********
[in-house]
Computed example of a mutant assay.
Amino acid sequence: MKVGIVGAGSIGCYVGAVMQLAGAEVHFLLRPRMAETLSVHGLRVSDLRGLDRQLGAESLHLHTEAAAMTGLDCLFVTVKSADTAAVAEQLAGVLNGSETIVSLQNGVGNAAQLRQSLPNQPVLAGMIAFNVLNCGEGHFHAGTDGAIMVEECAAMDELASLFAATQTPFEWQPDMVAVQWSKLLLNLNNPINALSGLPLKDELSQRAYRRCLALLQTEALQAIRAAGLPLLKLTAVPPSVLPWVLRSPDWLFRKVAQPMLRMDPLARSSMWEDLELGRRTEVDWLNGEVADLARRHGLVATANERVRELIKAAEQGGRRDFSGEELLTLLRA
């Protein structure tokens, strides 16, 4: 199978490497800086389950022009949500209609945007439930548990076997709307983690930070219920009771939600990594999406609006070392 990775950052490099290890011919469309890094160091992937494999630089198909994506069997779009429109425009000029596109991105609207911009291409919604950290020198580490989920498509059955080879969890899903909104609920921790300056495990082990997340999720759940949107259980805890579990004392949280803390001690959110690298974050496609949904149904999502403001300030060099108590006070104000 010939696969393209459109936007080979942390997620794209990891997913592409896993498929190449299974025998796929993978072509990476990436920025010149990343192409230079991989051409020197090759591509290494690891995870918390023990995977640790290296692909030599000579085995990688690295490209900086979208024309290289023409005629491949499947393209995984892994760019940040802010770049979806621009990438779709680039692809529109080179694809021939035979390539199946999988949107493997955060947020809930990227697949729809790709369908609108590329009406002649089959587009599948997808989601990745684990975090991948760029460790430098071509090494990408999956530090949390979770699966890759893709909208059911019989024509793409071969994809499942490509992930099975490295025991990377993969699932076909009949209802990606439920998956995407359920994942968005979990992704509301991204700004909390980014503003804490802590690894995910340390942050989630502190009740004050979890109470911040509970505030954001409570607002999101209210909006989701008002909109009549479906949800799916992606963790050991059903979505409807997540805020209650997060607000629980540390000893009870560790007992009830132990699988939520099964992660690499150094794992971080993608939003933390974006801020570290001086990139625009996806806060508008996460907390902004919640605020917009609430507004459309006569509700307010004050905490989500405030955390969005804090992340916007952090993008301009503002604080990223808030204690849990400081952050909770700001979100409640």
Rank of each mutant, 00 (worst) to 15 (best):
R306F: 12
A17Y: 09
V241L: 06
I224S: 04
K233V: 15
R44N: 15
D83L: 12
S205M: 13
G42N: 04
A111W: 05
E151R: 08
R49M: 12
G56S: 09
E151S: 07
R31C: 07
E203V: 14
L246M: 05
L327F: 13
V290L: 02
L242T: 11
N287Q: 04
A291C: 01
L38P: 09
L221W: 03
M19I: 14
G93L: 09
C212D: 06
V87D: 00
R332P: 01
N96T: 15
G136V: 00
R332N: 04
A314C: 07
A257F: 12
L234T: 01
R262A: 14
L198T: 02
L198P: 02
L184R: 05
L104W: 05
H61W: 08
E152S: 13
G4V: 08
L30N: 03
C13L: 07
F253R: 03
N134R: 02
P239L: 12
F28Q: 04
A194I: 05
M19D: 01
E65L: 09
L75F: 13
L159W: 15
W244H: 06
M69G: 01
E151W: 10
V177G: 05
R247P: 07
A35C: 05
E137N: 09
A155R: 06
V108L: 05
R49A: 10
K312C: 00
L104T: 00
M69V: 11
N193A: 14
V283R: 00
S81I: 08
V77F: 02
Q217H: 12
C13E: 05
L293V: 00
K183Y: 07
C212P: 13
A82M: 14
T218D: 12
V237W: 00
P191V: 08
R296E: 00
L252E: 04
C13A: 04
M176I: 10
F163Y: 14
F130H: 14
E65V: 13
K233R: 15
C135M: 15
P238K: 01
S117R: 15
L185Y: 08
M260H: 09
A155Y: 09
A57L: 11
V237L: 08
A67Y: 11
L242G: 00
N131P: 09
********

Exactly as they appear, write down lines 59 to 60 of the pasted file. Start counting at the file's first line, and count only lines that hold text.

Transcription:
L159W: 15
W244H: 06